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The Evolution of USB: What the New USB-IF Specifications Mean for Users


If one rule holds true in the technology sector, it’s that change is inevitable. From the first days of networking and device integration, IT professionals had to deal with backward compatibility, port assignments, and in some cases even install new hardware to connect a device to a workstation. When Plug and Play hit the scene, peripheral manufacturers touted it as the best thing in technology since the computer mouse, which ironically used a serial interface (and port) for connectivity.

Plug and Play ushered in a new era of device to PC connectivity. It provided a software configuration method for devices, no longer requiring users to open up their boxes and troubleshoot their expansion cards to work when they received Interrupt Request failures after adding new devices to their PCs. A USB port was the next logical step in the evolution of device connection.

How USB Shaped the Future of Connectivity

Think back to the early 1990s, when every single device had its own connection configuration and hardware requirements. IT administrators didn’t just have to pair devices with machines using manual configuration settings, they also had to review the documentation before purchasing the item, as it may have been incompatible with the motherboard installed on a particular machine.

Today we take device connection for granted. The ease with which you can connect a new device (from a camera to a sophisticated 3D printer) to your PC no longer requires any special hardware or networking professional. To get here, it required many evolutions and innovations in the technology sector. The USB revolution started in 1992 at IBM and since then, manufacturers of computer peripherals have never looked back.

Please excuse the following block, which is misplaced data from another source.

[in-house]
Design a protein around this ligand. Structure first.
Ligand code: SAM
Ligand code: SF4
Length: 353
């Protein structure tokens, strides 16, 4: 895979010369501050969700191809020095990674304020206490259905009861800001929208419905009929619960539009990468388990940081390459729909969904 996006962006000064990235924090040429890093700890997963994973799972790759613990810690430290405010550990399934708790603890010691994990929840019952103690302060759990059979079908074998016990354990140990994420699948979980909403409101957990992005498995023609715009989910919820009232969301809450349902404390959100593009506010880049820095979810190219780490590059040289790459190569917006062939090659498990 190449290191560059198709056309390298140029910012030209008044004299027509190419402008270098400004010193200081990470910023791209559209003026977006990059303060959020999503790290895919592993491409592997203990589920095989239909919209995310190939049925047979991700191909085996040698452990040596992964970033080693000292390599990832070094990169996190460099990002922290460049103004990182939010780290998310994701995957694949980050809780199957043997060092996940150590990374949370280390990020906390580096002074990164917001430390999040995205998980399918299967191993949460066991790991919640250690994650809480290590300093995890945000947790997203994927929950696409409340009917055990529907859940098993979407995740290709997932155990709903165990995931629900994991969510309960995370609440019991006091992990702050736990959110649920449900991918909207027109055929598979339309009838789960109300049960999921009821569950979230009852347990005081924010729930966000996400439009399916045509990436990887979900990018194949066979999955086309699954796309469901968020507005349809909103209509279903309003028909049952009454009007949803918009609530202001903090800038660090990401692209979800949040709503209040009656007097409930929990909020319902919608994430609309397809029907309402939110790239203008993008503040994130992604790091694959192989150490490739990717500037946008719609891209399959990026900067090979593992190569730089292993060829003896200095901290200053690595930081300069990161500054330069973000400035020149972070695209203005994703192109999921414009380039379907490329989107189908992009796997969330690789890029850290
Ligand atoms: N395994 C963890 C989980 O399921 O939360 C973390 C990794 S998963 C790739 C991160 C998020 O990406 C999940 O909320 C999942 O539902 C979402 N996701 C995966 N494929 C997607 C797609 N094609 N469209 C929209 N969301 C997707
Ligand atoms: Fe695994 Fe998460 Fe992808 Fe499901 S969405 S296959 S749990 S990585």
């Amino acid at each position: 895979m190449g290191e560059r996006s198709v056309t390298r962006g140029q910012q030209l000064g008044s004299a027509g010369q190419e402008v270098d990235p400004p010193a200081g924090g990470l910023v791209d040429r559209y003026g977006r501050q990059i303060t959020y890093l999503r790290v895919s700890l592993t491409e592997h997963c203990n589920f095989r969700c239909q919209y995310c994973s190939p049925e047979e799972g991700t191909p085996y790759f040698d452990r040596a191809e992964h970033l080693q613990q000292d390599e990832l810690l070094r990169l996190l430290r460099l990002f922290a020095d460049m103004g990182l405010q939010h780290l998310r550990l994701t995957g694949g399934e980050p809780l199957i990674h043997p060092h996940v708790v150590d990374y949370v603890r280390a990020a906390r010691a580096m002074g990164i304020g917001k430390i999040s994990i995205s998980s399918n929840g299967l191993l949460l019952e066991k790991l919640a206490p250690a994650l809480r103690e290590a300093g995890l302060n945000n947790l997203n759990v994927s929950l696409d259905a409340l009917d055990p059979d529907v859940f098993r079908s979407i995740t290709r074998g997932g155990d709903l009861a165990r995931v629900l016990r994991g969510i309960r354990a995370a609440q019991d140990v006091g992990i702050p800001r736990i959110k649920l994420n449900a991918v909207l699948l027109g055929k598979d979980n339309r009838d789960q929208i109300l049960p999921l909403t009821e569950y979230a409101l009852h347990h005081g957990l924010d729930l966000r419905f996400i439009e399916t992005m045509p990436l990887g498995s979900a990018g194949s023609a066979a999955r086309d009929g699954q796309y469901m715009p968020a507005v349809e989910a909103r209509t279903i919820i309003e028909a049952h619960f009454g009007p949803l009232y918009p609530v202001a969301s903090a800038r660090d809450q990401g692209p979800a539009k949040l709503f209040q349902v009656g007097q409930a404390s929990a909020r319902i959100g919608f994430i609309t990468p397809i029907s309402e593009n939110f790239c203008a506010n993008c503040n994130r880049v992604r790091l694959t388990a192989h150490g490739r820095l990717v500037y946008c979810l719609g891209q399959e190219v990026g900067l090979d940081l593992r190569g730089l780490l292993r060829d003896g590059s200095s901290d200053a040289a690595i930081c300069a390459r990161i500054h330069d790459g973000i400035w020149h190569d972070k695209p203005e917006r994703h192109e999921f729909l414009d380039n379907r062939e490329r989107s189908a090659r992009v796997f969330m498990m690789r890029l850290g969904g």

Early Days of Convenient Connectivity

USB stands for Universal Serial Bus. It started once a group of companies, (including Compaq, IBM, and Microsoft) decided to work together to develop a new connectivity standard. The result was a new specification, now referred to as USB 1.0 with data transfer rates of up to 12Mbit/s in 1996. Part of the working groups’ aim was to harmonize the connection protocols for mice, keyboards, printers, and floppy disk drives.

Microsoft provided USB 1.0 support for OEM devices in their Windows 95 operating system. By 1998, a USB 1.1 port was included in Apple’s iMac that ultimately drove the success of both the new computer and the connection technology itself. By 2009, over 6 billion USB products were in the market and an additional 2 billion shipped every year.

Moving to USB 2.0 and USB 3.0

Over the last twenty years, the implementation of USB technology changed drastically and users may struggle to keep up with the latest updates. USB 2.0 was a high-speed implementation (capable of transferring 480Mbps) while USB 3.0 (released in November 2008) supported up 5Gbps. At the same time, ports became compact, leading to a USB 3.1 and type specification to differentiate between port and device connectivity capabilities.

The Evolution of USB as a Charging Port

Once USB ports became common in computers, it also evolved into the preferred charging port for consumer electronics. USB-IF developed two small form factor connectors, namely the Mini-USB and Micro-USB types. These became popular for consumer electronics like cameras and GPS units, but large-scale adoption in Smartphones in the 2010s boosted the concept.

Most users now associate the Micro-USB with a charging port. The introduction of USB-C adds new capabilities and provides higher wattage, making it capable of powering products like laptop computers.